Property Value Notices Go Out in Wake, Durham Counties
Posted November 21, 2007
Raleigh, N.C. — New property tax values arrived in mail boxes Wednesday across Wake and Durham counties and homeowners are already calling about appeals.
Property values in Wake County have risen at about the same rate each reassessment - going up about 43 percent county-wide in 1992 and 2000.
The increase could impact how much owners pay in property taxes. Assessors take the price of homes sold in a neighborhood and plug them into a formula to determine worth.
"The assessment came back, the property had about doubled," said homeowner Jennifer Brown.
The county said homeowners around Brown's Five Points neighborhood can expect at least a 100 percent increase.
"It's a little higher than that. It went from $225,000 to $472,000," homeowner Chuck Norwood said.
Norwood checked his assessment online before notices came in the mail.
"I was not surprised at all," he said.
The county said without all the new construction, the increase would be even higher.
"If there wasn't an inventory of new houses, then that might inflate properties up also," said Ken McArtor, Wake County appraiser.
At the revenue department, people are already calling about appeals. The county estimates about 10 percent of homeowners will appeal assessments.
Nine area counties, including Durham, are updating property tax values.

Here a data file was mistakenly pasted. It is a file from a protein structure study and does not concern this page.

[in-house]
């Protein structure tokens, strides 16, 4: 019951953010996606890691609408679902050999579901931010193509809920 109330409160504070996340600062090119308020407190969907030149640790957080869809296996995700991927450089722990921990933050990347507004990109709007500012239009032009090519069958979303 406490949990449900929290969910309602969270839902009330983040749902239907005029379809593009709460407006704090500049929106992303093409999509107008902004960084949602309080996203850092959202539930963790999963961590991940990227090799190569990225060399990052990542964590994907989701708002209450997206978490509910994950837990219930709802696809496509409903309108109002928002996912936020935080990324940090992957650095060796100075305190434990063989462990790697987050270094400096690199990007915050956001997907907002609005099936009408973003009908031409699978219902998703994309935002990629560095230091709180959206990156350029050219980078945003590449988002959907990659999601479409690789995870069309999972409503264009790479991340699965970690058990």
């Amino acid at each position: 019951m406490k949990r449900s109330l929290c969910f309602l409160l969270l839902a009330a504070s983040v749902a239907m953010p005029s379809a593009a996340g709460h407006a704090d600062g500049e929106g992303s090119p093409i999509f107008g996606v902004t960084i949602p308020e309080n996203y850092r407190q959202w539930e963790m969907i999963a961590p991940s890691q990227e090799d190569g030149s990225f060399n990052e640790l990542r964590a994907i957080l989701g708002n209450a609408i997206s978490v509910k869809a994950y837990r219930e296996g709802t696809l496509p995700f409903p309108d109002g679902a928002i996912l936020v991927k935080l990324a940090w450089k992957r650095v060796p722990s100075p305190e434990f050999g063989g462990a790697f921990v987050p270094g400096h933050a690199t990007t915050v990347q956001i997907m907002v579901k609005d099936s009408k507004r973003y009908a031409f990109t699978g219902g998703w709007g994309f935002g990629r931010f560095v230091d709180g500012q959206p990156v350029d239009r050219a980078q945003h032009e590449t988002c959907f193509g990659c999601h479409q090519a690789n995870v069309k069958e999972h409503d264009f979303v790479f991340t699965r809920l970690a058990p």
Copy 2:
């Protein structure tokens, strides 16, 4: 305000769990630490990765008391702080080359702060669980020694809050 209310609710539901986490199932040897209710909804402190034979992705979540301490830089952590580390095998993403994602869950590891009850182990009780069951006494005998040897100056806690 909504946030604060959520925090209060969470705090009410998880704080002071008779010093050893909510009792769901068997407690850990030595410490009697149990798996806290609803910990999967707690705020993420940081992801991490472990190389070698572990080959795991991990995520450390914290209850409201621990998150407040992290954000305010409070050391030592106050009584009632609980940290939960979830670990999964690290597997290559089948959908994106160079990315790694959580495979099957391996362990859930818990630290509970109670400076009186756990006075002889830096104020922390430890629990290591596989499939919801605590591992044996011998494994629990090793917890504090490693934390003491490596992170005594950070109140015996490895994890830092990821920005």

“I was appalled. I was struck speechless and not many things do that to me," Durham County homeowner Ellen Ciompi said.
Ciompi's house was appraised at $274,000 in 2001. This year, the county bumped up its value to $901,701.
Ciompi said she feels some houses were over-assessed and others undervalued. She also said the revaluations are riddled with inaccuracies.
“Like my neighbor's house down the street is listed as having zero bedrooms. I happen to know he sleeps there,” she said.
“We'd be crazy to think we sent out 106,000 assessments that were all perfect,” said Kenneth Joyner, Durham County tax administrator.
Joyner said his office has gotten 1700 complaints over the last three days.
“We look at sales of properties, cost of construction and the income on income-producing property,” he said.
But, some homeowners like Ciompi, aren't buying it.
“I expect to pay my share of taxes. I don't expect to pay seven people's share of taxes," Ciompi said.
Homeowners who want to appeal need to call their county tax office by Dec. 19.